It all started in 2005, when film producer Mark Gill moved in with screenwriter Hanna Weg and asked, "Honey, can I move the couch?" Little did they know this modest request would lead to a two-year makeover that transformed a nondescript clapboard-and-stucco box to a modern jewel.
Weg bought the two-bedroom hillside house in Silver Lake 12 years ago, before she and Gill met and married. She was drawn to it because it felt like a treehouse in the sky, came with a pool and had a separate space below the living quarters that could serve as her office. But the architecture was all wrong.
"Midcentury modern is in my
," says Weg, screenwriter of "The Beautiful and the Damned," an upcoming film starring
that's based on the
novel. Weg grew up with Eames furnishings purchased for the Altadena home that her mother and graphic designer
commissioned in 1958 — Case Study House No. 20, designed by Buff, Straub & Hensman — before they divorced.
Gill, a self-described "recovering studio executive" and co-founder of the production company the Film Department, had refurbished four traditional homes in Hancock Park. But after visiting landmarks designed by Richard Neutra, he became a fan of the L.A. modernist's clean lines. Like Weg, Gill began dreaming of life in a light-filled modern house that embraced the outdoors.
Buying a Neutra home or building anew seemed like logical options. But the price of designer real estate five years ago, when the couple was house hunting, was beyond their reach. They didn't think they would find a place with a similar view, pool and office. And they wanted to put down roots in Silver Lake and make room for Gill's son, Jack, who sleeps over twice a week.
So they hired
a Culver City architect and co-director of
architecture and urban design think tank, to renovate.
"In many ways, remodeling was more interesting and greener than starting from scratch," Sherman says. "We live in what I call the ‘re-' era, as in recycle, reuse, restore. Rather than starting with tabula rasa, it's a matter of how clever you can be at re-engineering a place to make it better."
The 1963 house was a 2,000-square-foot "ranchburger" at the top of the hill, a 20-foot-tall garage at street level and a small studio sandwiched between. The problem was, it was already built out to allowable limits. Sherman's solution was to keep the same footprint but make the house more efficient by optimizing wasted space, reducing clutter and opening up the floor plan.
The most obvious changes are visible on the front façade, once yellow-painted siding and stucco, now pristine white steel-troweled stucco. Sherman shaved off the eaves, then extended walls three feet higher to create the illusion of a flat roof.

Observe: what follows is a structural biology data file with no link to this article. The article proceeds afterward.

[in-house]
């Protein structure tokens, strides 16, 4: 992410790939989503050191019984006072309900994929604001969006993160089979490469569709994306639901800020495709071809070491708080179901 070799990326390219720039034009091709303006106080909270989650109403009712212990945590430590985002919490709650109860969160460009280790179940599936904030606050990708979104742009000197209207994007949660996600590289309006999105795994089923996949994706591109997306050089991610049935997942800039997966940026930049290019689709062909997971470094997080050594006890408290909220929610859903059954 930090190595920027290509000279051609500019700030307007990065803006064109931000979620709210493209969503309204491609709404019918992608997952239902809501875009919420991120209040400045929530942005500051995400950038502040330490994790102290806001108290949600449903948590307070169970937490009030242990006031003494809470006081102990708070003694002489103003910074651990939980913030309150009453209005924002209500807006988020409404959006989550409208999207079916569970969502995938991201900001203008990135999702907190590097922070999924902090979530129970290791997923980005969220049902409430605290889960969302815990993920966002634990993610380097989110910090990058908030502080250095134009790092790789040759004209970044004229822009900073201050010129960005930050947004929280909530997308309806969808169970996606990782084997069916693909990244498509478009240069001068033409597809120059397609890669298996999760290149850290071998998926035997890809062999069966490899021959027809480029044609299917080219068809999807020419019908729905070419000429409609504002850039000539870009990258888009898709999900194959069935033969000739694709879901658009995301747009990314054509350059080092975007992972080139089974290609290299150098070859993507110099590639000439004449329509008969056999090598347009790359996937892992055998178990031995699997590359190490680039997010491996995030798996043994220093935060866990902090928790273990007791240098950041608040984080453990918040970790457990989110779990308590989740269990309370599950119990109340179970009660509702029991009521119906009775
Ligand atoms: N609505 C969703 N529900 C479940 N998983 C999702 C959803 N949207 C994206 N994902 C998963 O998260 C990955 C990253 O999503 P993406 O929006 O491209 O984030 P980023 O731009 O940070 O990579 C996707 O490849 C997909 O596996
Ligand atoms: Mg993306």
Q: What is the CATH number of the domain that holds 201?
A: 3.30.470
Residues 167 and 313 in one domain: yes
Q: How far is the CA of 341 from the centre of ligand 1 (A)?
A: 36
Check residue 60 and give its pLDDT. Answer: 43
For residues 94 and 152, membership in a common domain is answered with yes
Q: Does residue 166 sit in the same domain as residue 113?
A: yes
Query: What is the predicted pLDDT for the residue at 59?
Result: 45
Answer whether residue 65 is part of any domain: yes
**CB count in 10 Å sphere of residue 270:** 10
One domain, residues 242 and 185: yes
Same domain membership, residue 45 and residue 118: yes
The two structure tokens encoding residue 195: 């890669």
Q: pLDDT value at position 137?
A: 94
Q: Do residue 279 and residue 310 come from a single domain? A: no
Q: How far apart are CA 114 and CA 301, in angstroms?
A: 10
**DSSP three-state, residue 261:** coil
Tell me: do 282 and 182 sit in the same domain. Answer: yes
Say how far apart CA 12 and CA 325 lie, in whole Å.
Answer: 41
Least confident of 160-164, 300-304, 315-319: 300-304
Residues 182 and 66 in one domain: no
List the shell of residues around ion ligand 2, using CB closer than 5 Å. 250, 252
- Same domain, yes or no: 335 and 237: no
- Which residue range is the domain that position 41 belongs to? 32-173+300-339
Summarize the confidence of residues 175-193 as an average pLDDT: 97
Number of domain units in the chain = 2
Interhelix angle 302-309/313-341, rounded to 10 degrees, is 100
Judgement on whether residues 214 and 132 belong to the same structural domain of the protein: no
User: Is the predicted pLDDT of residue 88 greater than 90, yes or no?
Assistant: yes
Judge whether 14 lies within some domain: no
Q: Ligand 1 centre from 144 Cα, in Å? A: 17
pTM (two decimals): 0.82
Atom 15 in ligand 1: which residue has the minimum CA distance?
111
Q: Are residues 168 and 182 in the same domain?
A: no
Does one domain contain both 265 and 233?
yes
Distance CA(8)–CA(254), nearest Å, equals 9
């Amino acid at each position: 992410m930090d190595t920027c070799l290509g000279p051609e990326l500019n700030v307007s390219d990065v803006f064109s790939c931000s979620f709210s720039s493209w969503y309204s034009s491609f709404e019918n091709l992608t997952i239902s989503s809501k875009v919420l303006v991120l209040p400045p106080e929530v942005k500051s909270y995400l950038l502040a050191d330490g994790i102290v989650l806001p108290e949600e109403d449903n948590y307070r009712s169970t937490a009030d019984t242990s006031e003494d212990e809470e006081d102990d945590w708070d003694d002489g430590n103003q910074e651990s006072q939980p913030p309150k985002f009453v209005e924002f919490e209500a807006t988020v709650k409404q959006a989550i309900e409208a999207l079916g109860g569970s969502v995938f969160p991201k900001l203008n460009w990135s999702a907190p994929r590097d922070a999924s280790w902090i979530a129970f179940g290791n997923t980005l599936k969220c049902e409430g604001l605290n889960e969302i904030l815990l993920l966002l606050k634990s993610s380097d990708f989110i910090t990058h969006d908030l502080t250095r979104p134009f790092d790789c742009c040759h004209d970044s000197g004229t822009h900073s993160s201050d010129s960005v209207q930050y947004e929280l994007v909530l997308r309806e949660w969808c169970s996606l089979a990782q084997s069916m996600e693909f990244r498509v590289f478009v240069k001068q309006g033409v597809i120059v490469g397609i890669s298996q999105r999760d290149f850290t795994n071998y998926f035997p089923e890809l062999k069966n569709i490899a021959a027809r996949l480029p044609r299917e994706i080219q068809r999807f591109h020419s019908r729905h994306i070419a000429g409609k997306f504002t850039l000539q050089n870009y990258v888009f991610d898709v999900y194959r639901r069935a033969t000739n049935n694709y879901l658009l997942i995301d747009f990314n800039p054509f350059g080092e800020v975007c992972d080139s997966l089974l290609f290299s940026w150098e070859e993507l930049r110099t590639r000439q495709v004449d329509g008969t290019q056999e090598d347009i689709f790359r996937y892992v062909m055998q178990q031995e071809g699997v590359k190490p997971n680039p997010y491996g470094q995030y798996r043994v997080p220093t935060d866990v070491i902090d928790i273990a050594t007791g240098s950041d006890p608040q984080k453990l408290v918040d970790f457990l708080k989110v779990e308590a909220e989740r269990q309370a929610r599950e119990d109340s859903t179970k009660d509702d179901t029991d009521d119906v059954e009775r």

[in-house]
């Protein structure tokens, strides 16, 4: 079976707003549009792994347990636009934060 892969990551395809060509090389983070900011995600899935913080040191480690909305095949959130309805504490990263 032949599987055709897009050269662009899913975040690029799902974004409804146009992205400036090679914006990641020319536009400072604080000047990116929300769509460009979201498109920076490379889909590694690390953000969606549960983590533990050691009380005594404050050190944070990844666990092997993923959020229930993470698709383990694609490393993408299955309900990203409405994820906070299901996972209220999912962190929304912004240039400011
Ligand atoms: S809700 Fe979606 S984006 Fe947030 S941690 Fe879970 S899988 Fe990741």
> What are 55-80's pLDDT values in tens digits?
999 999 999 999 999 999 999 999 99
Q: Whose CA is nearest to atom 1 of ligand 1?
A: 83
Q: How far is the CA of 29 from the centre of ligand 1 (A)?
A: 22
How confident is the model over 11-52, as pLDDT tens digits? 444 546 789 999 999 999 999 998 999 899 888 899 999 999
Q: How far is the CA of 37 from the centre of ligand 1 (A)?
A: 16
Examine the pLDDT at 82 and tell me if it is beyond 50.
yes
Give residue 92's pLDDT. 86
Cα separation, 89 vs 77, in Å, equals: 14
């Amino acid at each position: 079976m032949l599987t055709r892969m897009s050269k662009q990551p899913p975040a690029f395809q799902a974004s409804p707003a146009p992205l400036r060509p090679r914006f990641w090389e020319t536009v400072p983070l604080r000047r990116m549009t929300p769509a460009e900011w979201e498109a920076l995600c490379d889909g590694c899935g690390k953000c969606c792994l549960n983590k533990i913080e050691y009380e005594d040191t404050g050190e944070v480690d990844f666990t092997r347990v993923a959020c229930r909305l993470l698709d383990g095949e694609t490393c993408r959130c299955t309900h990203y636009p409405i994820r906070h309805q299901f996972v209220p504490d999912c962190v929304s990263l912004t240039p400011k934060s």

He tripled the number of windows, specifying many that run nearly from floor to ceiling and all with frames of aluminum instead of wood. The horizontal bands of glass give the house a Neutra-like transparency, flooding interiors with daylight and expanding views out.
The entrance, formerly an unsightly jumble that was difficult to navigate, got redesigned from the foundation up and turned into a courtyard for privacy. Concrete steps lead down to Weg's office, and a stairway of steel and tropical hardwood rises to the main house.
"The courtyard works in a very Greek way," Sherman says. "There are different pathways and whitewashed walls. It's an Escher-like geometrical puzzle."
Weg and Gill decided to live at home during the remodel, which consisted of a series of self-contained projects. Beginning with the cramped kitchen, Sherman raised the ceiling and replaced the pink marble floor and dated equipment with a maple floor, white cabinetry and stainless-steel appliances and countertops.
In the living room, flimsy glass sliders made way for telescoping glass doors that stretch 45 feet across.
"This required the surgical insertion of steel beams and laminated wood beams that allowed us to put in longer spans of glass," Sherman says. The result makes the living and dining rooms an extension of the backyard, and vice versa.
Next, Sherman eked out guest quarters for Jack, now 12. That meant lowering the ceiling in the double-height garage to squeeze in a 400-square-foot rec room above it. Shrinking and reconfiguring the master bedroom yielded space for a spiral staircase linking the rec room to the rest of the house.
Weg and Gill initially planned to have the spiral staircase custom-fabricated out of resin to resemble a strand of DNA. When that proved too costly, they scoured the Internet until they found a sculptural stainless steel and maple Italian design worthy of highlighting through a new window over the garage.
"It took a year and three months to get it delivered, and when it was, it came without English instructions," Weg says.
But this was a long, drawn-out remodel with a happy ending. Though Weg and Gill decline to reveal their costs, now that the dust has settled the couple say they finally have a Neutra-style house without the Neutra-size price tag.